Ching Ming Festival is one of China’s largest events based off of the lunar calendar. Ching Ming officially starts 104 days after the winter solstice. The festival usually begins on April 4th or 5th, but activities may start as early as 10 days prior.
The primary role of the Ching Ming Festival is to pay respect to ancestors. While many Chinese holidays are oriented around ancestor worship, Ching Ming is the largest. Filial piety is a central aspect of traditional Chinese culture, so it should come as no surprise that this is one of the most widely celebrated holidays in the Middle Kingdom. Nearly every ethnic group in China celebrates Ching Ming in one way or another. Ching Ming is also a celebration of spring because of the incoming planting season in most of China.
According to Chinese stories and folklore, the Ching Ming Festival got its start sometime between 700 and 500 BCE. Legend states that a man named Jie Zitui, a loyal servant of a Chinese lord, helped his lord survive through exile. In order to prevent his lord from starving to death, Jie cut meat from his own leg and fed it to his lord. Surviving this ordeal, the lord returned to power 19 years later.
By this time, the lord had forgotten about Jie’s service. Sometime later, the lord remembered Jie and felt regretful about forgetting. The lord intended to reward Jie, but by the time he found him, Jie had passed away. To honor the life and death of Jie, the lord established Ching Ming as a holiday to commemorate the dead.
During the Ching Ming Festival, there are various customs and traditions that people take part in. One of the most enjoyed festival activities is kite flying. During the day, people fly kites of various colors to celebrate spring. People also celebrate the holiday with kites in the evening, but small lanterns are attached. When hundreds of kites are in the air, the Chinese sky looks like it is filled with many stars. The kites are symbolic of good fortune, but according to legend, they are also said to be able to cure and prevent diseases.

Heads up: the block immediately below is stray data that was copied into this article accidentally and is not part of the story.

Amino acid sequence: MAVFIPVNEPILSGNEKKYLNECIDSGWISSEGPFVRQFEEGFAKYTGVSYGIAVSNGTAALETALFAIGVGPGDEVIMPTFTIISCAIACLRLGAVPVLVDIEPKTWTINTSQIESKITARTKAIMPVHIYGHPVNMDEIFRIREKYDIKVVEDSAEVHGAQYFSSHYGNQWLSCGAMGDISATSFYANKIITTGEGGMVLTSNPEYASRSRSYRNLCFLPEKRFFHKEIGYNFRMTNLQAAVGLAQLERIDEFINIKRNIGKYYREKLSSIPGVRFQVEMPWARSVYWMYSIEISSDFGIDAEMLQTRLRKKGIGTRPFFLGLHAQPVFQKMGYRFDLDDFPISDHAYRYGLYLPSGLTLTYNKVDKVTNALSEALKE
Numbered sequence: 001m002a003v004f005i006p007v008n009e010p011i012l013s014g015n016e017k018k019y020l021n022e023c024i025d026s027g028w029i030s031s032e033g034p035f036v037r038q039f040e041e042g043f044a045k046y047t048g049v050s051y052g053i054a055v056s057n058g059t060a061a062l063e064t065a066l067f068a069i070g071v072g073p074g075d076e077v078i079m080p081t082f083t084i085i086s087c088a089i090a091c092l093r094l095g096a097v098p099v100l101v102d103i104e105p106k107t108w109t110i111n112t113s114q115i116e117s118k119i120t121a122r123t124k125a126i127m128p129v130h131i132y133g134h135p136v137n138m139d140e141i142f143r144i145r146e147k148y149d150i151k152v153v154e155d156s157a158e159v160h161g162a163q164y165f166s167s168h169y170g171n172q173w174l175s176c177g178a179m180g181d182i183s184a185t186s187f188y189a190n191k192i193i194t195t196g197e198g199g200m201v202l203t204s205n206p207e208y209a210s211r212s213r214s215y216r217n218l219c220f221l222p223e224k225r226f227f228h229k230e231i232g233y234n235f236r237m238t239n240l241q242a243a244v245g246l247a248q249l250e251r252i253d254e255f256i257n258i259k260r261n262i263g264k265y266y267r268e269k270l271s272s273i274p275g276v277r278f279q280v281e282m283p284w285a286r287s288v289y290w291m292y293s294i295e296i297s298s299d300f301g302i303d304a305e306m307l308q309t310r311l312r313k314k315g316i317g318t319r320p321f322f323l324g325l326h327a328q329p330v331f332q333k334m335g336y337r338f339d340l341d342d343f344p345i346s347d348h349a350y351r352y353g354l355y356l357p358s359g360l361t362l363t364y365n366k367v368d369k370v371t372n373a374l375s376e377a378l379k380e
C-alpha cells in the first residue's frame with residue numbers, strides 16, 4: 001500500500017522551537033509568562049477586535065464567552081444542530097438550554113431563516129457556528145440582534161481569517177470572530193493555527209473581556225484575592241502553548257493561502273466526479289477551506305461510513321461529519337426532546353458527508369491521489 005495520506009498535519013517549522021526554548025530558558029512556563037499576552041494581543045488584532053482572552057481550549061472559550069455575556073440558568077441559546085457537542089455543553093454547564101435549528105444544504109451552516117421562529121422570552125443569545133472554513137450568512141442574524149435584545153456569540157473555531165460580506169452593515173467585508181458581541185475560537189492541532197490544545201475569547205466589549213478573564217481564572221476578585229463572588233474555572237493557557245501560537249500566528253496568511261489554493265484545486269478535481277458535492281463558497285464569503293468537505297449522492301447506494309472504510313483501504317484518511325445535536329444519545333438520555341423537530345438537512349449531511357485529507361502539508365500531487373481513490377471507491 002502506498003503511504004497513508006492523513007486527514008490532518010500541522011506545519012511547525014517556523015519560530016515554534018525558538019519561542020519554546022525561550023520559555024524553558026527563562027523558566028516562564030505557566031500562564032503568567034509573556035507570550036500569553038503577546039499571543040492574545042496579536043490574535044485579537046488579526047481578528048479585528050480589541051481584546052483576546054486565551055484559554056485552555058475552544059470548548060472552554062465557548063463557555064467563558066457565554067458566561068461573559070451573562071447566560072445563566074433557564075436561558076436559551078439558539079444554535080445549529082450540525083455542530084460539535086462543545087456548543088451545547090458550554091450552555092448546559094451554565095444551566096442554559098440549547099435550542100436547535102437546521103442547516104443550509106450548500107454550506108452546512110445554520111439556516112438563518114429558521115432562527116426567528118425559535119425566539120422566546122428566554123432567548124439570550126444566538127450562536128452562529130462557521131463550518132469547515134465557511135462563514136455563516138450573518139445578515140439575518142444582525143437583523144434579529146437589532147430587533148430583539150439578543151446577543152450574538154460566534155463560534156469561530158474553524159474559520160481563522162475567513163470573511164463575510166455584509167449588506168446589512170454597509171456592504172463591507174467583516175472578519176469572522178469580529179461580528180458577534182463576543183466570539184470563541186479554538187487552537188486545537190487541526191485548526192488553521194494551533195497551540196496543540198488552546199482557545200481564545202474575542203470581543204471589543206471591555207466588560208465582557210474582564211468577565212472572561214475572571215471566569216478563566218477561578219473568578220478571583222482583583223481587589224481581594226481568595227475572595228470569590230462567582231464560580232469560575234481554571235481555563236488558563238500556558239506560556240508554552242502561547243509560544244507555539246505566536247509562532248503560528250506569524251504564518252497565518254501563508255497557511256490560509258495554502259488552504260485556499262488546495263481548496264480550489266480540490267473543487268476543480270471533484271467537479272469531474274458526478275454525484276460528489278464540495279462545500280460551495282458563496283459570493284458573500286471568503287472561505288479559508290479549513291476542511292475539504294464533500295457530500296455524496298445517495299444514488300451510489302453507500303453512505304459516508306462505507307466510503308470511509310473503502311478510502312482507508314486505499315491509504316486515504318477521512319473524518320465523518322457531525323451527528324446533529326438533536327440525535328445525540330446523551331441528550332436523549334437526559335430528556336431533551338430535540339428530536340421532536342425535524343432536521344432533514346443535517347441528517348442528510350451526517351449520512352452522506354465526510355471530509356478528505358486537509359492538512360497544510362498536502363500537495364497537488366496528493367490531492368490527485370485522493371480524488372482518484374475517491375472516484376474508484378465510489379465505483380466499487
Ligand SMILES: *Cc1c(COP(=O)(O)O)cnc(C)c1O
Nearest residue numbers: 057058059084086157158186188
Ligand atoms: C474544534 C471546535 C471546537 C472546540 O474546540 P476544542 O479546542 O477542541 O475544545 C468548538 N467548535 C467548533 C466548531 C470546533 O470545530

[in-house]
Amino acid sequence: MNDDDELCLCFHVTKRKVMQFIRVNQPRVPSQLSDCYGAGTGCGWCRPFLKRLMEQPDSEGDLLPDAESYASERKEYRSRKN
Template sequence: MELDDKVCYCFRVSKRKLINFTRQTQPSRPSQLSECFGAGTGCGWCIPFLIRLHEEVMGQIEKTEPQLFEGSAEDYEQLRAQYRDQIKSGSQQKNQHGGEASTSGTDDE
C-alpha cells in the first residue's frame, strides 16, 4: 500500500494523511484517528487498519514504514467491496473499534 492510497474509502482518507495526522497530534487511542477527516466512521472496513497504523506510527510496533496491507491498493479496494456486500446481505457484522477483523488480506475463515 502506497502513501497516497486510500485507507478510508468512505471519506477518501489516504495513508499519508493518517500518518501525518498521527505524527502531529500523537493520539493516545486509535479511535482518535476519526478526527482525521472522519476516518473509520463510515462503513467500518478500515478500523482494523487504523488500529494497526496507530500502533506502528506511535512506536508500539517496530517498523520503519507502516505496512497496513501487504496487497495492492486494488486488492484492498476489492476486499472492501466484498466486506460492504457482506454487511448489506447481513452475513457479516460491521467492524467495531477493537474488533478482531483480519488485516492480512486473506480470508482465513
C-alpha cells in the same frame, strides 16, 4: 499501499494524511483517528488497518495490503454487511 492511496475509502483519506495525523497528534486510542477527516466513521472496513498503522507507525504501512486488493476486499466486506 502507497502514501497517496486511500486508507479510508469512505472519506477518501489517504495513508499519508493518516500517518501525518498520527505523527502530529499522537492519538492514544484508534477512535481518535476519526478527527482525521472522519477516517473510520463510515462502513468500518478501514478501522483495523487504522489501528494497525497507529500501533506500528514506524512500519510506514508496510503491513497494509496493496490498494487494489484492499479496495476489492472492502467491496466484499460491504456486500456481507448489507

In accordance with the Ching Ming Festival’s tradition of ancestor worship, an activity known as tomb sweeping is an important part of the festival day or the 10 days leading up to it. The purpose of this activity is to clean and beautify the graves or urns of ancestors. Weeds will removed from grave plots and fresh dirt will be brought to the surface. In many cases, people will also offer their ancestors their favorite food and wine as tribute.
Incense and flowers may also be brought as a show of respect. There are many varieties of flowers that can be used during this holiday, but peach blossom and chrysanthemum flowers are among the most popular. In cities, the process of honoring the dead is not as elaborate due to the practice of cremation in place of traditional burials. In all cases, good prayers are said for ancestors and deceased relatives.
After paying respects to ancestors, many Chinese take part in a spring outing, or taqing (踏青), to enjoy the warm weather and company of friends. The first spring outing occurred during the Tang Dynasty and it has become a time of celebration ever since.
In order to get exercise and experience nature, many Chinese people will go on a trip to a city center or natural area. Popular activities include seeing gardens, walking through parks with family members, hiking through natural areas, and participating in sports. The spring outing is meant to promote happiness and good health habits after commemorating ancestors.
As with most great festivals, Ching Ming offers a wide selection of special cuisine to celebrate happiness. One of the favorite dishes of Ching Ming is sazi (撒子). Sazi is fried wheat or rice flour that has been bound with eggs, onion, sesame, or other ingredients. The exact recipe for sazi depends on region and the chef. This is a salty or savory food that is enjoyed throughout China.
Snails that have been seasoned with onion and salt are also a favorite dish during the Ching Ming Festival. To specifically celebrate the spring outing and warm months, Chinese people also enjoy qingtuan (青团), or green dumplings. These dumplings resemble green apples and are made of rice powder, green vegetable juice, and sweetened bean paste. Qingtuan have a sweet taste and are green. Some Chinese chefs also create their own unique variations of this dish.